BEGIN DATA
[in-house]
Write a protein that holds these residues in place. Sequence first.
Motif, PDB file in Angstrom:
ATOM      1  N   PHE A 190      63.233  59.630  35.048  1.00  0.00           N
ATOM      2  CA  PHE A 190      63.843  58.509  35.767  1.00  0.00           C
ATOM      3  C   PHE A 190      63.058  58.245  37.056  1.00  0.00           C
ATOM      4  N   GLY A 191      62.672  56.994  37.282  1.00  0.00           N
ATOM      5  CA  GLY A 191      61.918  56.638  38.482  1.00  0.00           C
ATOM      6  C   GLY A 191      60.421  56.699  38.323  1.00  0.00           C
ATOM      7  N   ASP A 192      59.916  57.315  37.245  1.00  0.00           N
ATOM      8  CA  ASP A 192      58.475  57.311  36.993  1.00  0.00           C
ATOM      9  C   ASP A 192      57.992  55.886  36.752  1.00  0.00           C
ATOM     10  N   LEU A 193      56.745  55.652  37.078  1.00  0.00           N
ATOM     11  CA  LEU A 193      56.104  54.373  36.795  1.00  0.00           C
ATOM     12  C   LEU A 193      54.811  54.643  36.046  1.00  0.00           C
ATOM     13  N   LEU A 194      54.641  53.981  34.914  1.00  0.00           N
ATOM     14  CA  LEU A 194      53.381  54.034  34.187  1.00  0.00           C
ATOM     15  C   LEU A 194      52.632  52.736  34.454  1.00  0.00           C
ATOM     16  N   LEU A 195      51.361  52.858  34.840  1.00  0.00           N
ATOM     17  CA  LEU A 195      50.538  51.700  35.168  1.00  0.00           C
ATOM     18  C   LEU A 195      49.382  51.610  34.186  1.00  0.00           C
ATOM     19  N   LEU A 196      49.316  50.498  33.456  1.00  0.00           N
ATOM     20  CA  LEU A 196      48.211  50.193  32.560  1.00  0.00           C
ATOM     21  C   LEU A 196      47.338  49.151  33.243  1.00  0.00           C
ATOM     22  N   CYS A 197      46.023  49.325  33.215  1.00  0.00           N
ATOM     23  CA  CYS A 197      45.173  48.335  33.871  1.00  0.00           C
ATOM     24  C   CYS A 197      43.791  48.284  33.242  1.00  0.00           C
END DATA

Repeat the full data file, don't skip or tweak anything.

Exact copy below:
[in-house]
Write a protein that holds these residues in place. Sequence first.
Motif, PDB file in Angstrom:
ATOM      1  N   PHE A 190      63.233  59.630  35.048  1.00  0.00           N
ATOM      2  CA  PHE A 190      63.843  58.509  35.767  1.00  0.00           C
ATOM      3  C   PHE A 190      63.058  58.245  37.056  1.00  0.00           C
ATOM      4  N   GLY A 191      62.672  56.994  37.282  1.00  0.00           N
ATOM      5  CA  GLY A 191      61.918  56.638  38.482  1.00  0.00           C
ATOM      6  C   GLY A 191      60.421  56.699  38.323  1.00  0.00           C
ATOM      7  N   ASP A 192      59.916  57.315  37.245  1.00  0.00           N
ATOM      8  CA  ASP A 192      58.475  57.311  36.993  1.00  0.00           C
ATOM      9  C   ASP A 192      57.992  55.886  36.752  1.00  0.00           C
ATOM     10  N   LEU A 193      56.745  55.652  37.078  1.00  0.00           N
ATOM     11  CA  LEU A 193      56.104  54.373  36.795  1.00  0.00           C
ATOM     12  C   LEU A 193      54.811  54.643  36.046  1.00  0.00           C
ATOM     13  N   LEU A 194      54.641  53.981  34.914  1.00  0.00           N
ATOM     14  CA  LEU A 194      53.381  54.034  34.187  1.00  0.00           C
ATOM     15  C   LEU A 194      52.632  52.736  34.454  1.00  0.00           C
ATOM     16  N   LEU A 195      51.361  52.858  34.840  1.00  0.00           N
ATOM     17  CA  LEU A 195      50.538  51.700  35.168  1.00  0.00           C
ATOM     18  C   LEU A 195      49.382  51.610  34.186  1.00  0.00           C
ATOM     19  N   LEU A 196      49.316  50.498  33.456  1.00  0.00           N
ATOM     20  CA  LEU A 196      48.211  50.193  32.560  1.00  0.00           C
ATOM     21  C   LEU A 196      47.338  49.151  33.243  1.00  0.00           C
ATOM     22  N   CYS A 197      46.023  49.325  33.215  1.00  0.00           N
ATOM     23  CA  CYS A 197      45.173  48.335  33.871  1.00  0.00           C
ATOM     24  C   CYS A 197      43.791  48.284  33.242  1.00  0.00           C